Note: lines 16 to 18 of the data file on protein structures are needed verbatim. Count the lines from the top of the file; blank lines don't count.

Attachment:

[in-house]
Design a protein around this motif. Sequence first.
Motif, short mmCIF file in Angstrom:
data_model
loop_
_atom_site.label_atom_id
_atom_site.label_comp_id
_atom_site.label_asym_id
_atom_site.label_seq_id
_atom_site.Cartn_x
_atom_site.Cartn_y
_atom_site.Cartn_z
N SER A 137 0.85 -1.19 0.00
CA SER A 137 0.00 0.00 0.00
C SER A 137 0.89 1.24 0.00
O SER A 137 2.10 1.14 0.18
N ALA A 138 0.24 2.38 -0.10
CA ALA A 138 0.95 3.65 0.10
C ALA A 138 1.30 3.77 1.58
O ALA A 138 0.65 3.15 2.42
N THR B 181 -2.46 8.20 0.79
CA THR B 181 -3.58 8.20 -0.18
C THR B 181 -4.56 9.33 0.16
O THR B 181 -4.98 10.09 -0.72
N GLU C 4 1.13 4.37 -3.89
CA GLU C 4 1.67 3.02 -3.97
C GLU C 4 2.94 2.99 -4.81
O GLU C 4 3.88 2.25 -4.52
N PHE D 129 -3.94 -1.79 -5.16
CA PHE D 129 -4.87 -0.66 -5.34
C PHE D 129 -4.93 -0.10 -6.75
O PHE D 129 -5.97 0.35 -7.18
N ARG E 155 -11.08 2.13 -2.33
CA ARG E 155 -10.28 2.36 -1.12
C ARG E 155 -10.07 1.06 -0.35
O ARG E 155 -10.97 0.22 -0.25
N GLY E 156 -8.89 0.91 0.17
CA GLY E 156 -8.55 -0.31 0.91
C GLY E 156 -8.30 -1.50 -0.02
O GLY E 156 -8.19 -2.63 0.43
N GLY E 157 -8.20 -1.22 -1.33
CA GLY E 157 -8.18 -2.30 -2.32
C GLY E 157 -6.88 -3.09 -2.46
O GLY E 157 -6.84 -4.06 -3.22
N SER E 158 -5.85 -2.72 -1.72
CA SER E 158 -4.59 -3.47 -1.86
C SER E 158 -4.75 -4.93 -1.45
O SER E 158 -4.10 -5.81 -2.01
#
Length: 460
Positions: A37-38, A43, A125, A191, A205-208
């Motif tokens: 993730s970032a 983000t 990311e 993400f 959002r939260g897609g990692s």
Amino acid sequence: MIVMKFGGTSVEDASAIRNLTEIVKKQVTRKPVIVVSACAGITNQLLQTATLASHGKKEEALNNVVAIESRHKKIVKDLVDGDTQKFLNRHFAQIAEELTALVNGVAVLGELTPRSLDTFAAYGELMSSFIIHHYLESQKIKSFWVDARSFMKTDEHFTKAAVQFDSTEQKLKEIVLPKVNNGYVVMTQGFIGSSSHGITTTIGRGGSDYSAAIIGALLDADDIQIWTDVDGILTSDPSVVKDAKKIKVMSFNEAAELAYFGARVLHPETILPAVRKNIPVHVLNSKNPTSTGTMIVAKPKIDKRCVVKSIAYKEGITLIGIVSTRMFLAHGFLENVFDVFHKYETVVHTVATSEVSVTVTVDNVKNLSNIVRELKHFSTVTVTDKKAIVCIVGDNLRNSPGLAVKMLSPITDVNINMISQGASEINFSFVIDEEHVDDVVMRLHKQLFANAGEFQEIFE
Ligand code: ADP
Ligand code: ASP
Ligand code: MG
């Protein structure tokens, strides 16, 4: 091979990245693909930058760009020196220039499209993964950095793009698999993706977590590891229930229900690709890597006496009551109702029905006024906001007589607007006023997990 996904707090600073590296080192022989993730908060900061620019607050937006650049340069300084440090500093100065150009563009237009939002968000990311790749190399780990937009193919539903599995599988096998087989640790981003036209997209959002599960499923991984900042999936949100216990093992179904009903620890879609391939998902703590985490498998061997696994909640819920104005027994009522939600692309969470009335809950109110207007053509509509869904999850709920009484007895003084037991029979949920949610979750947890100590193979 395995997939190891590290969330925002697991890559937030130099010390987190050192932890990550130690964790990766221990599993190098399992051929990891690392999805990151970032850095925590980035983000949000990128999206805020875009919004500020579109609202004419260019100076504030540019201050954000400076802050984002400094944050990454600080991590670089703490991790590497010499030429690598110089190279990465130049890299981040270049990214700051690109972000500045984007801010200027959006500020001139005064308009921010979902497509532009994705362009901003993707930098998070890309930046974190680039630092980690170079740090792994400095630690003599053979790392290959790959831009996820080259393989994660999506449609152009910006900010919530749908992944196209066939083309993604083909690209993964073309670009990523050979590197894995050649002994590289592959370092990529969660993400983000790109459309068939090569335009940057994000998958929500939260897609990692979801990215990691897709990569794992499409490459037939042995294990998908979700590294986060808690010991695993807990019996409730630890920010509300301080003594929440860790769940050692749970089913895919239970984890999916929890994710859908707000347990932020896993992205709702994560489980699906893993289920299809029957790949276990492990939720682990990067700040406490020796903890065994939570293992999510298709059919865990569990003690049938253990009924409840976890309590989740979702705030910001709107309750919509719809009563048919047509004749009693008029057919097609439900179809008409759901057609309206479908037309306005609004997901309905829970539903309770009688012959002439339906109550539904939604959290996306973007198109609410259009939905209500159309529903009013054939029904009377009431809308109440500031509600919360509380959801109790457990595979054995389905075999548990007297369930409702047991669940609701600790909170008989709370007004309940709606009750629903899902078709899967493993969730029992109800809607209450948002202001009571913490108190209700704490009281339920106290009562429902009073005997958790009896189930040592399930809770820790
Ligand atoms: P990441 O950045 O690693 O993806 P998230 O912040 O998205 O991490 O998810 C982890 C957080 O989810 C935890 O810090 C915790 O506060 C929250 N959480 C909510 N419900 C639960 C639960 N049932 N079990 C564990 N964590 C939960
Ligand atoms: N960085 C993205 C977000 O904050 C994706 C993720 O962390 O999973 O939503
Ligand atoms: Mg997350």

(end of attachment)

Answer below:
O SER A 137 2.10 1.14 0.18
N ALA A 138 0.24 2.38 -0.10
CA ALA A 138 0.95 3.65 0.10